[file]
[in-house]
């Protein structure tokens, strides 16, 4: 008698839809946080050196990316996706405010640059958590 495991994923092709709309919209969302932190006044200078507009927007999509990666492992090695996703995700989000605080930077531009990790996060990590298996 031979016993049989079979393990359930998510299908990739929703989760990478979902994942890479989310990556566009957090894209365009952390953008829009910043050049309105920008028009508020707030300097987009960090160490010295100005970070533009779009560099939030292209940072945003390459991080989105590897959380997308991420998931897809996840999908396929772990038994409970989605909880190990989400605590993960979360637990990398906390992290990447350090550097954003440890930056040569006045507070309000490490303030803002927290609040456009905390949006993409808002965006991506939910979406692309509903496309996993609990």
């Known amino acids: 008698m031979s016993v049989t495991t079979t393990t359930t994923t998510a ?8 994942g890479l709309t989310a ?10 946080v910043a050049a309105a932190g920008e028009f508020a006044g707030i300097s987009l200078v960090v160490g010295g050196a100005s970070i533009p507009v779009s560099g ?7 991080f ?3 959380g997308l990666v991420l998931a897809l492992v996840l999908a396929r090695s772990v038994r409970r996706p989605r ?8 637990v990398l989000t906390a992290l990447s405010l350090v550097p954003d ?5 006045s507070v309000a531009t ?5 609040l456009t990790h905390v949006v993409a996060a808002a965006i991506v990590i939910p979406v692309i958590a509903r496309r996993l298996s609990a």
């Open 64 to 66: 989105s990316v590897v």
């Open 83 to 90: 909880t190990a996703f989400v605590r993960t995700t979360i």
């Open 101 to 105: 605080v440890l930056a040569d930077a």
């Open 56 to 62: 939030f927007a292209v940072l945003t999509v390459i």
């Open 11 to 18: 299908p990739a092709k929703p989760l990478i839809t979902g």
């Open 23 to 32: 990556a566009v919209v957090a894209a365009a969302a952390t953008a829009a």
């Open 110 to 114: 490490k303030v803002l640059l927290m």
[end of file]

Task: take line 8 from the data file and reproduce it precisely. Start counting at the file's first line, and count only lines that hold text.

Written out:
């Open 11 to 18: 299908p990739a092709k929703p989760l990478i839809t979902g």